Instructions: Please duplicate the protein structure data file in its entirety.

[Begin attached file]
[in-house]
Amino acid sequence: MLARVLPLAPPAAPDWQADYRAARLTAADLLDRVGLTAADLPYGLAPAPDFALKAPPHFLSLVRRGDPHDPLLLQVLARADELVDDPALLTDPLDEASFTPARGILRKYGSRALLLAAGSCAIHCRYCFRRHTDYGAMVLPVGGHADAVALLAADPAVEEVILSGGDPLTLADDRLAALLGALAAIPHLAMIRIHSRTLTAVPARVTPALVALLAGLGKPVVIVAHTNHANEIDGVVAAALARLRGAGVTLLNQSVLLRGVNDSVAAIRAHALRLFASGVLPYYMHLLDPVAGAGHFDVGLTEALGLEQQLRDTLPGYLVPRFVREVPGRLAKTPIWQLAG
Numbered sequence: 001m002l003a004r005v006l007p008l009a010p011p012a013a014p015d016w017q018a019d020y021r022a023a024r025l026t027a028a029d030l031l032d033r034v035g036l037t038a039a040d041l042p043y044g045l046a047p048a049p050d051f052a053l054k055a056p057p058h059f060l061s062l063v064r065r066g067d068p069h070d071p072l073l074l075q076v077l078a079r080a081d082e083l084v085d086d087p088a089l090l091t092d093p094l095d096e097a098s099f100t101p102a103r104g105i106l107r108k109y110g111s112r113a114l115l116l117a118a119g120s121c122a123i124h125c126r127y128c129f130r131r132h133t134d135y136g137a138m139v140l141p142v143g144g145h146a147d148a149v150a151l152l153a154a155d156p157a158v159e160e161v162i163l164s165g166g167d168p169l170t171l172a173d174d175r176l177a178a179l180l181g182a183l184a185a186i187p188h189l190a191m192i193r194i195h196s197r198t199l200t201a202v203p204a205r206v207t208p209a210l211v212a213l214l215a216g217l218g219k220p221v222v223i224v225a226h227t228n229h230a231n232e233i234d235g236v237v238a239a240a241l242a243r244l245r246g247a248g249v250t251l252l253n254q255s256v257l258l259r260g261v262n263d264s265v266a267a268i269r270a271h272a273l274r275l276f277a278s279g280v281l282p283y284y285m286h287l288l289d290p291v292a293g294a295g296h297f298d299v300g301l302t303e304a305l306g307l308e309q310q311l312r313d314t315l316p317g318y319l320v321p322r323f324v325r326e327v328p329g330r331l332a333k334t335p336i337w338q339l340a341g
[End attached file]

[in-house]
Amino acid sequence: MLARVLPLAPPAAPDWQADYRAARLTAADLLDRVGLTAADLPYGLAPAPDFALKAPPHFLSLVRRGDPHDPLLLQVLARADELVDDPALLTDPLDEASFTPARGILRKYGSRALLLAAGSCAIHCRYCFRRHTDYGAMVLPVGGHADAVALLAADPAVEEVILSGGDPLTLADDRLAALLGALAAIPHLAMIRIHSRTLTAVPARVTPALVALLAGLGKPVVIVAHTNHANEIDGVVAAALARLRGAGVTLLNQSVLLRGVNDSVAAIRAHALRLFASGVLPYYMHLLDPVAGAGHFDVGLTEALGLEQQLRDTLPGYLVPRFVREVPGRLAKTPIWQLAG
Numbered sequence: 001m002l003a004r005v006l007p008l009a010p011p012a013a014p015d016w017q018a019d020y021r022a023a024r025l026t027a028a029d030l031l032d033r034v035g036l037t038a039a040d041l042p043y044g045l046a047p048a049p050d051f052a053l054k055a056p057p058h059f060l061s062l063v064r065r066g067d068p069h070d071p072l073l074l075q076v077l078a079r080a081d082e083l084v085d086d087p088a089l090l091t092d093p094l095d096e097a098s099f100t101p102a103r104g105i106l107r108k109y110g111s112r113a114l115l116l117a118a119g120s121c122a123i124h125c126r127y128c129f130r131r132h133t134d135y136g137a138m139v140l141p142v143g144g145h146a147d148a149v150a151l152l153a154a155d156p157a158v159e160e161v162i163l164s165g166g167d168p169l170t171l172a173d174d175r176l177a178a179l180l181g182a183l184a185a186i187p188h189l190a191m192i193r194i195h196s197r198t199l200t201a202v203p204a205r206v207t208p209a210l211v212a213l214l215a216g217l218g219k220p221v222v223i224v225a226h227t228n229h230a231n232e233i234d235g236v237v238a239a240a241l242a243r244l245r246g247a248g249v250t251l252l253n254q255s256v257l258l259r260g261v262n263d264s265v266a267a268i269r270a271h272a273l274r275l276f277a278s279g280v281l282p283y284y285m286h287l288l289d290p291v292a293g294a295g296h297f298d299v300g301l302t303e304a305l306g307l308e309q310q311l312r313d314t315l316p317g318y319l320v321p322r323f324v325r326e327v328p329g330r331l332a333k334t335p336i337w338q339l340a341g